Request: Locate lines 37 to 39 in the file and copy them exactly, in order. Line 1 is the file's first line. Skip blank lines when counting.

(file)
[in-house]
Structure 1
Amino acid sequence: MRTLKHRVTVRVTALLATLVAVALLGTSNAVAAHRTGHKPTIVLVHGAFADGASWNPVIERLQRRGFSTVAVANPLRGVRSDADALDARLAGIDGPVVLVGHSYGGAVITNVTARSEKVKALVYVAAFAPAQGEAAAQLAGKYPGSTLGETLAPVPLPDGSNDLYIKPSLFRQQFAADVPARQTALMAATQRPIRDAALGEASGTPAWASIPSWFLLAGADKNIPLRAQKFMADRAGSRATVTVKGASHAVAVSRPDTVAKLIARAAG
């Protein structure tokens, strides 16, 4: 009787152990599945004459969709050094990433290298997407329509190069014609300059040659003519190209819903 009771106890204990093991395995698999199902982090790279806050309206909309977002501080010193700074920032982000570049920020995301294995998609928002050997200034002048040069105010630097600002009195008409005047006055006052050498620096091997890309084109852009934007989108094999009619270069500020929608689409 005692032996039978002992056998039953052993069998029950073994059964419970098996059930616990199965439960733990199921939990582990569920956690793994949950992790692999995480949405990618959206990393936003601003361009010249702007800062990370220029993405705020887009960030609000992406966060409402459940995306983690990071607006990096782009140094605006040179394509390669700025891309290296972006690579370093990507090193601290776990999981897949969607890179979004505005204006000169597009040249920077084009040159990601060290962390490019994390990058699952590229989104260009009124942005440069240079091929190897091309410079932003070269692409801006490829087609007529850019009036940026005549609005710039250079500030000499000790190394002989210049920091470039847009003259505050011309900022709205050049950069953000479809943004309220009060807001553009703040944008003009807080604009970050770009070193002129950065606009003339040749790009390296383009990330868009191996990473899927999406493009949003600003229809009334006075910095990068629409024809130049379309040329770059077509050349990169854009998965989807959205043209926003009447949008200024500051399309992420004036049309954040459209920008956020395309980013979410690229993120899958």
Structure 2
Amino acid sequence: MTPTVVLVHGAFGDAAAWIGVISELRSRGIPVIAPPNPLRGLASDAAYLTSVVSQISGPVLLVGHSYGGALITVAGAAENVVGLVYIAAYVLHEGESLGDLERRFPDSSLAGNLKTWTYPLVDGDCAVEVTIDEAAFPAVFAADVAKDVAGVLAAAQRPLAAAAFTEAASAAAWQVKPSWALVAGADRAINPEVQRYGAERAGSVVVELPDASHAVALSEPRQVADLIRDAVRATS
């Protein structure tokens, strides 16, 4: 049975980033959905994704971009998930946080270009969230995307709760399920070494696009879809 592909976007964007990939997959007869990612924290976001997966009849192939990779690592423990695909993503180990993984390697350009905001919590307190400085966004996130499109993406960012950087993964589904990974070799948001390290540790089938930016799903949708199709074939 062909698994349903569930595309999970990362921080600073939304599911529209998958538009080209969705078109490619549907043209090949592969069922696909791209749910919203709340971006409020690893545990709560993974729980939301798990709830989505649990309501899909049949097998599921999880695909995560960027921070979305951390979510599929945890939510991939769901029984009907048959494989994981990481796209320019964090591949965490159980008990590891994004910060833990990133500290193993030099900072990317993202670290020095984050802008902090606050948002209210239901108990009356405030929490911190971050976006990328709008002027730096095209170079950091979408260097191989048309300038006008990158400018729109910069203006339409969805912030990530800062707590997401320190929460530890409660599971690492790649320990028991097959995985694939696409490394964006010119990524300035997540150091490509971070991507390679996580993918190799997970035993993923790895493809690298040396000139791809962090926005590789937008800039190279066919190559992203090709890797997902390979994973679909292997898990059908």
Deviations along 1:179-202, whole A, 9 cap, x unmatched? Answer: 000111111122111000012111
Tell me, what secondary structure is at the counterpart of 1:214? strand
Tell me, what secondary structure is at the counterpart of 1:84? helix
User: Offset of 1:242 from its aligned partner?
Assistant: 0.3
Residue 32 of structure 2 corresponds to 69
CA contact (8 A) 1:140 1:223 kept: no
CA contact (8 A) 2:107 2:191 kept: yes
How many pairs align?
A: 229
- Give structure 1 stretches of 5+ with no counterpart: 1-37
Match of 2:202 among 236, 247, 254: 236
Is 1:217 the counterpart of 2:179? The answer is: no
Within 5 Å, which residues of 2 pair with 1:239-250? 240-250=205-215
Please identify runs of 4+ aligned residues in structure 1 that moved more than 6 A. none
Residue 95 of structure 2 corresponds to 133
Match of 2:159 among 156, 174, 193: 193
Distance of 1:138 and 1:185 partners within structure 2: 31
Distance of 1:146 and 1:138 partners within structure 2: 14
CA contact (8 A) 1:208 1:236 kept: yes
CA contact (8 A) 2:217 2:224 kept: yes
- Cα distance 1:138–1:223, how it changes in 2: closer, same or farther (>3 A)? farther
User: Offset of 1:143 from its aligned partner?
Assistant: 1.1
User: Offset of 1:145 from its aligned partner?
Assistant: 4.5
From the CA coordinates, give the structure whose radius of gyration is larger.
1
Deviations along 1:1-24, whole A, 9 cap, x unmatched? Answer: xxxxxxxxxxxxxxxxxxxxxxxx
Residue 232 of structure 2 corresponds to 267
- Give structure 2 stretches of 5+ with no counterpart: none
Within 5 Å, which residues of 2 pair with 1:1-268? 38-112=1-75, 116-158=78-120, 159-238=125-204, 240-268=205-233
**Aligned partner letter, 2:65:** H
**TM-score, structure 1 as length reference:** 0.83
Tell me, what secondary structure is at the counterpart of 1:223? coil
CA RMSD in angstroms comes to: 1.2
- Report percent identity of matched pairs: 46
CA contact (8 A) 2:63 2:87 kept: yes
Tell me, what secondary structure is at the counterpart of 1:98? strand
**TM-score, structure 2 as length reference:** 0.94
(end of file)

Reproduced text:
Residue 232 of structure 2 corresponds to 267
- Give structure 2 stretches of 5+ with no counterpart: none
Within 5 Å, which residues of 2 pair with 1:1-268? 38-112=1-75, 116-158=78-120, 159-238=125-204, 240-268=205-233